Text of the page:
Wednesday, September 02, 2009

Dan Brown Let Me Down

There are many reasons why I glad that I'm no longer working for Waterstone's, but if I started listing them I'd probably sound like a bitter old tart.

So let's just pick one reason: I can completely ignore the new Dan Brown book, which is being released in two weeks' time:

I see that at least one branch of Waterstone's is opening at midnight. In a local newspaper interview, the branch manager commented:

"The latest Dan Brown novel will undoubtedly be the biggest selling book of 2009."

"We already have hundreds of pre-orders for it, and have been taking pre-orders since the day the new book was announced many months ago."

"Thanks to the phenomenal success of his other books and subsequent smash-hit films, most notably The Da Vinci Code and Angels & Demons, there has been an enormous amount of hype surrounding the new release. We’re really excited to be a part of it all."

'We're really excited to be a part of it all'?

I hope that the motive for this robotic, lobotomised answer is either fear or ambition. If he really is excited, then all hope is lost.

This isn't just blind prejudice. Five years ago I bought The Da Vinci Code in an airport bookshop, as somebody had recommended it to me. As the plane hit 30,000 feet, I realised that I had been sold a dud. Sir Leigh f***ing Teabing? Do me a favour.

Compared to Dan Brown, the in-flight magazine seemed like McSweeney's and by the time we'd landed, I knew about every golf course and business hotel in Andalucia.

I'm not a good flyer. I need to be distracted from the terrifying knowledge that I have miles of nothing underneath me. Dan Brown let me down and I'm afraid that I do bear a grudge. Next time I will stick to champagne.


Harry Tournemille said...

Painful isn't it? Sort of like opening a fine cigar box and finding several pages of the local Protestant hymnal, finely rolled in reasonable facsimile.

I've tried on two occasions to read Dan Brown--out of some sort of pop-culture obligation. Five pages has been my best.

Grey Area said...

I don't understand why people pre-order books months in advance - when they will be patently knee deep in copies on the day - it's like getting stressed about the fact you might need a pint of milk on Boxing day next year and putting a deposit down now.

I've never read any Dan Brown - I saw bits of that film with Tom Hanks and it was such utter shite it makes me angry to this day.

Helen Brocklebank said...

The British public has appallingly low brow reading tastes: The worse it is, the more it sells. It's the same in magazines. 'Take A Break' sells 920,000 copies, Esquire sells 52,000

Steerforth said...

And the titles on the Booker Prize shortlist are lucky if the number of copies sold hits four figures.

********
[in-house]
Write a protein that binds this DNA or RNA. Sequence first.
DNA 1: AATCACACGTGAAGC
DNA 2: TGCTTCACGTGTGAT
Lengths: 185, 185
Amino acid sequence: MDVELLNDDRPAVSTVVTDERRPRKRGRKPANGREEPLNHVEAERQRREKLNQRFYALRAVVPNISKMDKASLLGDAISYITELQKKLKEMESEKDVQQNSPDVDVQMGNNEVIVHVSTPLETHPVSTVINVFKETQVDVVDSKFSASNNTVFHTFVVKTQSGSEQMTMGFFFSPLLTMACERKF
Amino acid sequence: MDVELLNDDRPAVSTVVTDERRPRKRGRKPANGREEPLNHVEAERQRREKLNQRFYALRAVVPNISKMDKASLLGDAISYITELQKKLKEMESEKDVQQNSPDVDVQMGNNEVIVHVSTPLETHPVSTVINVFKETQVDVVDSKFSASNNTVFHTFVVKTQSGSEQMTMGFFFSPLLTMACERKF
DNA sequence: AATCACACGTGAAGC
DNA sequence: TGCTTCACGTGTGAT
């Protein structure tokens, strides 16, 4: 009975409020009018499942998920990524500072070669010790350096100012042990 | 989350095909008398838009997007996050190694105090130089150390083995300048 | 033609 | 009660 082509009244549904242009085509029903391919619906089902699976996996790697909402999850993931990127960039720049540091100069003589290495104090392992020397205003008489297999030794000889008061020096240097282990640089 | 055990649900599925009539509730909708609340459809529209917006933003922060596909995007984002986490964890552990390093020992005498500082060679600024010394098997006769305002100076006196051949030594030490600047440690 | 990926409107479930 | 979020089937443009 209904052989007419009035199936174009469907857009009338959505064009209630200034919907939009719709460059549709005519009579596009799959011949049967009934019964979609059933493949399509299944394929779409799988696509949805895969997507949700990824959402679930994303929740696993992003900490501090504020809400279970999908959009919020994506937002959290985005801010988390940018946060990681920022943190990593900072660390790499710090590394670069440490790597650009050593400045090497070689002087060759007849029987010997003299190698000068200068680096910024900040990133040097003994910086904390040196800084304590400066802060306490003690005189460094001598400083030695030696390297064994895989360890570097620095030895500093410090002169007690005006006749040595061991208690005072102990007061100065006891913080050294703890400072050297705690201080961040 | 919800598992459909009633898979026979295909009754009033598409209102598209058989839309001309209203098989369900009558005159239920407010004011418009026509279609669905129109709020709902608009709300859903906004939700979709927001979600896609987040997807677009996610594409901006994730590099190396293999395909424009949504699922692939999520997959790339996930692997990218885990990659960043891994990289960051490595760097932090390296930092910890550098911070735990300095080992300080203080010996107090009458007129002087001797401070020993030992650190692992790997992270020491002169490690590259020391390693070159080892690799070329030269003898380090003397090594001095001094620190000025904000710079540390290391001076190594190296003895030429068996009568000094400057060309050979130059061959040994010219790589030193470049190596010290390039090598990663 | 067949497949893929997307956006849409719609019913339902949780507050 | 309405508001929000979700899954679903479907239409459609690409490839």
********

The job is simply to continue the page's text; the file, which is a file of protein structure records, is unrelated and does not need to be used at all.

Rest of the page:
Depressing, isn't it?

My one crumb of comfort is the huge success that Cloud Atlas enjoyed when it was on the 'Richard and Judy' list.

Who would have thought that such an intelligent, original novel would become the viewers' favourite?

There is hope!

Steerforth said...

'Opening a fine cigar box and finding several pages of the local Protestant hymnal, finely rolled in reasonable facsimile.' Harry - that was sheer poetry.

Richard - the whole deposit thing is pointless on the face of it, but retailers are desperate to secure sales in the face of fierce copetition.

Also, on a more cynical note, they know that not everyone will remember or bother to collect their reservations.

I heard that one year, WHS made £80,000 out of unclaimed Harry Potter deposits. I don't know if that's true, but it's plausible.

Brett said...

Umberto Eco's "Foucault's Pendulum" is a hilarious send-up of the masonic/templar/gnostic thriller.

I had read "Holy Blood, Holy Grail" years ago, and was amazed when Dan Brown turned it into a runaway bestseller that many readers were persuaded was in fact a true account, heretofore suppressed by evil Papists.

Airport fiction is the new penny dreadful.

My library spends untold sums of money on the likes of Dan Brown and James Patterson, while purchases of even single copies of other more worthwhile titles are turned down.

Steerforth said...

Ah yes, I read Foucault's Pedulum many years ago and loved it.

Eco quoted someone - I think it might have been Karl Popper - and said that conspiracy theories are a product of the secular age, created by people who can't handle living in a non-causal universe.

The Poet Laura-eate said...

My snob mechanism kicked in when I realised far too many people were reading The Da Vinci Code for me to possibly lower myself to pick up a copy. Ditto Captain Corelli's Mandolin, never mind any Harry Potters.

Once something is too 'common' it loses its appeal.

Terrible, isn't it?